Former UGA football player and Auburn head coach Pat Dye passed away Monday, June 1. Dye was an All-American at Georgia and led Auburn to four SEC Championships.
Pat Dye, one of the greatest individuals on SEC football history passed away in Auburn, Alab. on June 1. Dye was 80 years old.
Dye first rose to stardom in SEC country as an All-American offensive lineman and linebacker for UGA football. Dye earned All-America honors in 1959 and 1960 and played a huge role in Georgia’s 1959 SEC Championship season. In 1960, he earned SEC Lineman of the Year from the coaches and the SEC’s Most Valuable Lineman award from the Atlanta Touchdown Club.
Dye never played in the NFL, but he did spend three seasons in the Canadian Football League before spending two years in the United States Army. After service, Dye began his long and storied coaching career as an assistant at Alabama under head coach Paul “Bear” Bryant. Dye spent nine seasons (1965-73) with the Crimson Tide, helping the Crimson Tide to an 80-20-3 record with national titles bookending his tenure.
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The last 19 years of his football career were spent as a head coach. Dye’s first job was at East Carolina where he compiled a 48-18-1 record through six seasons. In 1976, Dye led the Pirates to their last Southern Conference Championship, the school left the conference after the season. He spent one year at Wyoming (1980) before returning to the SEC.
After the 1980 season, Auburn hired Dye to beat Alabama and bring Auburn back to the pinnacle of the SEC. By his third year at Auburn, Dye achieved both feats. Dye led Auburn to a 23-22 win in the 1982 Iron Bowl to snap a nine-game losing streak to Alabama. In 1983, Dye won his first of four SEC Championships at Auburn and beat Michigan in the Sugar Bowl.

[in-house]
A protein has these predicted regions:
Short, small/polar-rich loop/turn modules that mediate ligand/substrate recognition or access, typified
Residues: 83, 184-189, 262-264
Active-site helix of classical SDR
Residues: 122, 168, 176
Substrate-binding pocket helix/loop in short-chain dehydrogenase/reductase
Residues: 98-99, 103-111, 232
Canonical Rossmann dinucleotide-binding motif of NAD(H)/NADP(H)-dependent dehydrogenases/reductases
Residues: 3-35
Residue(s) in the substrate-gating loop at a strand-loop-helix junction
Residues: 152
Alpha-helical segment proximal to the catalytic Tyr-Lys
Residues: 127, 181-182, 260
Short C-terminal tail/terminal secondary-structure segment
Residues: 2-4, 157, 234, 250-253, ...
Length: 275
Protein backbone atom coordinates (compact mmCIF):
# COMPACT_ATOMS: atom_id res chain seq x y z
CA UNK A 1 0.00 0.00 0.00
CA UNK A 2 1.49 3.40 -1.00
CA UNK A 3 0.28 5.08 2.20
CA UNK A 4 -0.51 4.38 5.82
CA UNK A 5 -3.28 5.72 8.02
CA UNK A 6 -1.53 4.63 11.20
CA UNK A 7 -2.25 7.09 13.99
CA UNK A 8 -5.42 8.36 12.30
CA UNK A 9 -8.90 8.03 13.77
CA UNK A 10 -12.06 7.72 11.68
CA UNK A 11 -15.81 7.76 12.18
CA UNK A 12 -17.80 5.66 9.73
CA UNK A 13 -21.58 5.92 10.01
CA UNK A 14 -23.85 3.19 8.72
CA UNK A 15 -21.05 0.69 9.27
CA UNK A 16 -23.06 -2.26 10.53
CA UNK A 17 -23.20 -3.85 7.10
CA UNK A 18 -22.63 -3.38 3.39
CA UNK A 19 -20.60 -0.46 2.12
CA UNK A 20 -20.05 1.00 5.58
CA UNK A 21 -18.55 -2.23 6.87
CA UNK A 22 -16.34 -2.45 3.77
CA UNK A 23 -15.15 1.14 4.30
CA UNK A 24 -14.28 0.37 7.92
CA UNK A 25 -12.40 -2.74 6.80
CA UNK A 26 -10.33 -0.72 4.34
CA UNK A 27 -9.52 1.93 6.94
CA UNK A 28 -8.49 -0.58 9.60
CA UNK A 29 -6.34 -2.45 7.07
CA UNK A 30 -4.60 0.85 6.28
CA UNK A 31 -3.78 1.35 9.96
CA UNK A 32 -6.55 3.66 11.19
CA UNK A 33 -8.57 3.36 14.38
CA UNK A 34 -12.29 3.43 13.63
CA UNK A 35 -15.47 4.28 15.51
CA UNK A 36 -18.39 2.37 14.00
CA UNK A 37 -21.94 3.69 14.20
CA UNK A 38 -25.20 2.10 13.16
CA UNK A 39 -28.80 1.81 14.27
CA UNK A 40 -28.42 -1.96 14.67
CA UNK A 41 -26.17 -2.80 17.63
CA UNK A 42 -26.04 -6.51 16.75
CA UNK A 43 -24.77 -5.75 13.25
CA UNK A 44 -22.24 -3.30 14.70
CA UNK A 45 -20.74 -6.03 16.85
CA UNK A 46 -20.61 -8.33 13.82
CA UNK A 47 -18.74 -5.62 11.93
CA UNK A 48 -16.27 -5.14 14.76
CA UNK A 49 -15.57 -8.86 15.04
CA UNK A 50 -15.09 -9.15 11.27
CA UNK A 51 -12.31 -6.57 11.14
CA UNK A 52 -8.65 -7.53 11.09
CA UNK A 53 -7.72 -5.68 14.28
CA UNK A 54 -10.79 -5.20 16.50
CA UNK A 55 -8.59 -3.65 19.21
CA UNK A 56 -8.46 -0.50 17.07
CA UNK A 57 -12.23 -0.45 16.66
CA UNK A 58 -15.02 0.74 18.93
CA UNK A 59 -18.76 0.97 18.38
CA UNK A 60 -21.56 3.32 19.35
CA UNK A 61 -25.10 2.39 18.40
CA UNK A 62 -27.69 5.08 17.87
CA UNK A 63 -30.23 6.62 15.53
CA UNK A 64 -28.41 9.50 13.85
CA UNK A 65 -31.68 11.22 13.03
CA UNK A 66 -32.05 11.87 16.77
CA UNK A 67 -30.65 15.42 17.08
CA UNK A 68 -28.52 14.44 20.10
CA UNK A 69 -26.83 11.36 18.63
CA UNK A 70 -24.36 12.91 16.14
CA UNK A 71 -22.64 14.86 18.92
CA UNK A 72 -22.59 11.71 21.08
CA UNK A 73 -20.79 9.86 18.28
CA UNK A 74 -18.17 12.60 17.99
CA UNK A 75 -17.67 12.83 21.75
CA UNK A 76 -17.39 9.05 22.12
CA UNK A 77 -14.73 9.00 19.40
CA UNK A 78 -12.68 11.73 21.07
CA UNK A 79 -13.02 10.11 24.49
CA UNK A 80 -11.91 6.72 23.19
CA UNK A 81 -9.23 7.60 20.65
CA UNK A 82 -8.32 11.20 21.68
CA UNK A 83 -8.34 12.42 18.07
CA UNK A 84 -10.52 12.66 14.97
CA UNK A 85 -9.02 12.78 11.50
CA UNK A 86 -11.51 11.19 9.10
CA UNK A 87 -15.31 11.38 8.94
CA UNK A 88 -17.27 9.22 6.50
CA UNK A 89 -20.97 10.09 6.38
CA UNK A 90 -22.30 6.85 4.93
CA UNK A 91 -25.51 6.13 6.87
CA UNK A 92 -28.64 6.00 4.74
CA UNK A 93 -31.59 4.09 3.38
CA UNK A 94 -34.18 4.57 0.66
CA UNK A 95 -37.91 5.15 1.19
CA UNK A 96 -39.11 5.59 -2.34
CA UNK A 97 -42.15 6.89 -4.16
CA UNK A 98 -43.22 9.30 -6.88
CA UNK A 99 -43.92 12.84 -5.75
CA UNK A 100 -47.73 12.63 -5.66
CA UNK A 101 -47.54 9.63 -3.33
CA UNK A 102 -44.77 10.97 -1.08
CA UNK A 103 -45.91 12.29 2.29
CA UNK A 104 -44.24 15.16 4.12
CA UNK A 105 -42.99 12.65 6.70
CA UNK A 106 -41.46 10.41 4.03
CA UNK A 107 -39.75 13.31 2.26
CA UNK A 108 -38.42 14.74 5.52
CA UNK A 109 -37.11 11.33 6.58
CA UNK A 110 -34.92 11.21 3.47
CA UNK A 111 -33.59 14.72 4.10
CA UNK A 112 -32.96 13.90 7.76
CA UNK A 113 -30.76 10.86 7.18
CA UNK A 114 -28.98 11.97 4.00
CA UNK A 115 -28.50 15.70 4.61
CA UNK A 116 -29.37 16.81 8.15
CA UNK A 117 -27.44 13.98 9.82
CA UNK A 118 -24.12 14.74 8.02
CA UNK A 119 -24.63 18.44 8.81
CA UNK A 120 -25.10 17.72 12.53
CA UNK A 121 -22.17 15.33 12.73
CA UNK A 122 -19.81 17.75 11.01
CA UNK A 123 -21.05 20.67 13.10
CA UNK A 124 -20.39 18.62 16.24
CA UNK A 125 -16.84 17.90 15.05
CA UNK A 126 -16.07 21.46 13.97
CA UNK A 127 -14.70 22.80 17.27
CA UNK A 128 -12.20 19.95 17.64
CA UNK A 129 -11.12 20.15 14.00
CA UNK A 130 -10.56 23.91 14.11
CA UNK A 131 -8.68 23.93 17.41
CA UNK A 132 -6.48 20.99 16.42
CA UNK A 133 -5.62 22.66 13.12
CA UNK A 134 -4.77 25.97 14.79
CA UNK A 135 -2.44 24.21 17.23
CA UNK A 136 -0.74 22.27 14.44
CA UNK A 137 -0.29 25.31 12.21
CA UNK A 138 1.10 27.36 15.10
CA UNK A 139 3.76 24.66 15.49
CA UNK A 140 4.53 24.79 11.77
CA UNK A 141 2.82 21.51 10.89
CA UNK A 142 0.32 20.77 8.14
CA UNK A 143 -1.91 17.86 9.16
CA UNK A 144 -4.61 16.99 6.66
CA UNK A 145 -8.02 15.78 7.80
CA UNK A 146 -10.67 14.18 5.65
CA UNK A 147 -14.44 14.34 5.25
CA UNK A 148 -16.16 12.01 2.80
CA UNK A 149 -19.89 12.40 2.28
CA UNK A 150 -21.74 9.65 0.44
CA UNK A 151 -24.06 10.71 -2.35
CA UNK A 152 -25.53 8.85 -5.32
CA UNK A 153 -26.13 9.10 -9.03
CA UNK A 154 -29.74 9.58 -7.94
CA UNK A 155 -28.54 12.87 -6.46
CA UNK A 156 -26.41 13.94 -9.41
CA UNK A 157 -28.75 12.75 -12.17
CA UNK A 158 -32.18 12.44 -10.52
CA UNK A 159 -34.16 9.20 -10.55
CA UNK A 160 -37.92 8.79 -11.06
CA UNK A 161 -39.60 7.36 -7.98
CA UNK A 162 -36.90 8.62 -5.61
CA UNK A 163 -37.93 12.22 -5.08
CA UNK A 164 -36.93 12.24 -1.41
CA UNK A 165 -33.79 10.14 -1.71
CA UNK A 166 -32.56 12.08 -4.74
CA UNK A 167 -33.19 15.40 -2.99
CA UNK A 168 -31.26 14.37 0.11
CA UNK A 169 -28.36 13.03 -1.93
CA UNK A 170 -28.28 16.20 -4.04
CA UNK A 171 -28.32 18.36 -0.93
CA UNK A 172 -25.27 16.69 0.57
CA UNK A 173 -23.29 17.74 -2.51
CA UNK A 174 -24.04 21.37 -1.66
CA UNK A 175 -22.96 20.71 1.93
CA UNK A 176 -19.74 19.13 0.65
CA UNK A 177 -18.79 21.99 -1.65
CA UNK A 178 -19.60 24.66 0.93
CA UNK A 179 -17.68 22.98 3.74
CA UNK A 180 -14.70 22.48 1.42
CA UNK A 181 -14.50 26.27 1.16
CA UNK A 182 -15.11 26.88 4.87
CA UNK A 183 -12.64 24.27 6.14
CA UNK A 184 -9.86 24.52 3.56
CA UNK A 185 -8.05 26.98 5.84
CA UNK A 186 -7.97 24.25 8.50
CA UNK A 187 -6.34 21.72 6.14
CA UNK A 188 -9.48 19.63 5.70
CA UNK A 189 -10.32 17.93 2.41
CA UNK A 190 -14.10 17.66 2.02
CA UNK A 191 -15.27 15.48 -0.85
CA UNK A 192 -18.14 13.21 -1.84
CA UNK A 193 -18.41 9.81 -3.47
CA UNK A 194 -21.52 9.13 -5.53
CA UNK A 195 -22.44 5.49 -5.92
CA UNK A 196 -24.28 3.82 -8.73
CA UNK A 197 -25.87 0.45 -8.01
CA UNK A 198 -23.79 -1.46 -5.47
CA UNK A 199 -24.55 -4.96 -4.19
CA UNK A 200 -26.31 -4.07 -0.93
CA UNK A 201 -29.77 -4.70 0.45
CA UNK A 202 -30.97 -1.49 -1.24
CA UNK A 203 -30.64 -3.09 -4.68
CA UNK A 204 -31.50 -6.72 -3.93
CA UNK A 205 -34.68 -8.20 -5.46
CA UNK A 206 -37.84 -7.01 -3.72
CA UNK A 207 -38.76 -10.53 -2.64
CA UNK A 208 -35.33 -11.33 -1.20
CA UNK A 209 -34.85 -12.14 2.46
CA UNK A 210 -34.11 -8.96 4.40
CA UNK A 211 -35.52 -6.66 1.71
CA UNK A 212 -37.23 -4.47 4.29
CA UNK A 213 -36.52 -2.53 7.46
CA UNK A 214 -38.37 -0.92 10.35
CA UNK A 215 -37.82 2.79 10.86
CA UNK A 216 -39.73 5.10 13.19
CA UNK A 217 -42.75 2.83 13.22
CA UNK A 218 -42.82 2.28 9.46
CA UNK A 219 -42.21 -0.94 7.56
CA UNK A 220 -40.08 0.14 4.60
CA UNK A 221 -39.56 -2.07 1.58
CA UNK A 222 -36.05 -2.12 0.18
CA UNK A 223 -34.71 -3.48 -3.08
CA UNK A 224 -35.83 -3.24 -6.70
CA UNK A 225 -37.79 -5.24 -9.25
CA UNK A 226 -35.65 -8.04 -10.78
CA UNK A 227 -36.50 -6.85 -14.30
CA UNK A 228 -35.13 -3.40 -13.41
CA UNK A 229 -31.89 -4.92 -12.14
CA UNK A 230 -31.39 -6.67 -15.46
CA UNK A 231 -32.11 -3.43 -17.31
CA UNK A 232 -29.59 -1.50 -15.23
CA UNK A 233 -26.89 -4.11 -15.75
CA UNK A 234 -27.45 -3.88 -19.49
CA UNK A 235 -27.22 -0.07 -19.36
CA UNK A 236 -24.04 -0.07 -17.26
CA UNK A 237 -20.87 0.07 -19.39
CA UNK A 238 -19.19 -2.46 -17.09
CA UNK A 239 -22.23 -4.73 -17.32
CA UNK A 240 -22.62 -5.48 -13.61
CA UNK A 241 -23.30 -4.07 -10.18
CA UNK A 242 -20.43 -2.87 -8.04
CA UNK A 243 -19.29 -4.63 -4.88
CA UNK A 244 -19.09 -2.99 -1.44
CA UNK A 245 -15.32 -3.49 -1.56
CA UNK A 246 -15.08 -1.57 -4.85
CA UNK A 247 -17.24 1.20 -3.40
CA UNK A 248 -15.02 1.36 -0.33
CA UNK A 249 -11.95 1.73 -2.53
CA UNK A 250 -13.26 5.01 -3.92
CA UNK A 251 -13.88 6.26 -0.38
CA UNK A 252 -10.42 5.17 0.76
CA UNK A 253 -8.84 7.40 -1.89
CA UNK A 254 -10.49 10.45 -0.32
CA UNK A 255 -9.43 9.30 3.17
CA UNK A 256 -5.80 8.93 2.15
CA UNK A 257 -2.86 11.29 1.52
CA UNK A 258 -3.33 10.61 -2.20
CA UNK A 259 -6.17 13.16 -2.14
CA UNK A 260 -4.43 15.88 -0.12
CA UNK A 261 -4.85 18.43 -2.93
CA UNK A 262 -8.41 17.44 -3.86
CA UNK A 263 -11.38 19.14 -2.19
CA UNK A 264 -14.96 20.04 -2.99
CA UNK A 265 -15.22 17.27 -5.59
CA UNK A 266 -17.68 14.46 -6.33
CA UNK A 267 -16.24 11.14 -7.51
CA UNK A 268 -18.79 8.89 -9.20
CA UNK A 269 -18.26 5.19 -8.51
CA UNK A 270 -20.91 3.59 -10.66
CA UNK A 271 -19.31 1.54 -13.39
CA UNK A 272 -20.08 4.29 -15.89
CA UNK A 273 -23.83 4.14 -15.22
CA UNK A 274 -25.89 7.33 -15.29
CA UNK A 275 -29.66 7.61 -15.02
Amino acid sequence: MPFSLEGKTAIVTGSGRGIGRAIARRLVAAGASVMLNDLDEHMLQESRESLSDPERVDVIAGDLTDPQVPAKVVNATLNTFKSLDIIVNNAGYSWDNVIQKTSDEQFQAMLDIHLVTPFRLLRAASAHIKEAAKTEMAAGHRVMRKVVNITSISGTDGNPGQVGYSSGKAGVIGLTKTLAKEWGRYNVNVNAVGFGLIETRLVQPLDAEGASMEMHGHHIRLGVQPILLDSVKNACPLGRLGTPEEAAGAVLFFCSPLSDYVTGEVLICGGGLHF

For reasons that are still a mystery, the major polls chose the 11-1 Miami as the national champions of 1983 over the 11-1. That was the closest Auburn would get to a national title with Dye.
Auburn toiled in the middle of the SEC for the next three seasons despite having legendary running back Bo Jackson on the roster. after Jackson left, the Tigers actually became a more complete team. This led to three-straight SEC Championships from 1987-to-1989. Auburn’s record during those three years was 29-5-2.
Dye retired after the 1992 season with an overall record of 153-39-4 and a 99-39-4 record at Auburn. His four conference titles cemented his place in the upper-echelon of SEC coaches.
However, his impact on the Iron Bowl made him a beloved figure throughout the entire Auburn fanbase. In 1989, Auburn hosted Alabama for the first time after 41-straight games played in Birmingham’s Legion Field. Auburn has hosted Alabama every-other-year ever since. Under Dye, Auburn went 7-5 against Alabama, including four-straight wins from 1986-to-1989.
Auburn had success against all of its rivals under Dye. The Tigers had a 7-5 record against Georgia, 5-4-2 record against Tennessee, and a 5-6 record against Florida.
Auburn football: Hall of Fame coach Pat Dye dies [Ty Butler – Southbound and Down]
Dye remained a vocal figure of SEC football for the next few decades. He famously said the Georgia Bulldogs weren’t “man enough” to beat Alabama before their meeting in 2002. The quote drew heat from Georgia fans who already felt betrayed by Dye coaching at Auburn, but after Georgia defeated Alabama 27-25, some fans began to believe Dye wanted to motivate his alma mater.
Recently, Dye tested positive for COVID-19, though the didn’t show symptoms and spent time in a hospital for kidney issues. He listened to phone calls from friends, family members and former players Monday morning before his passing.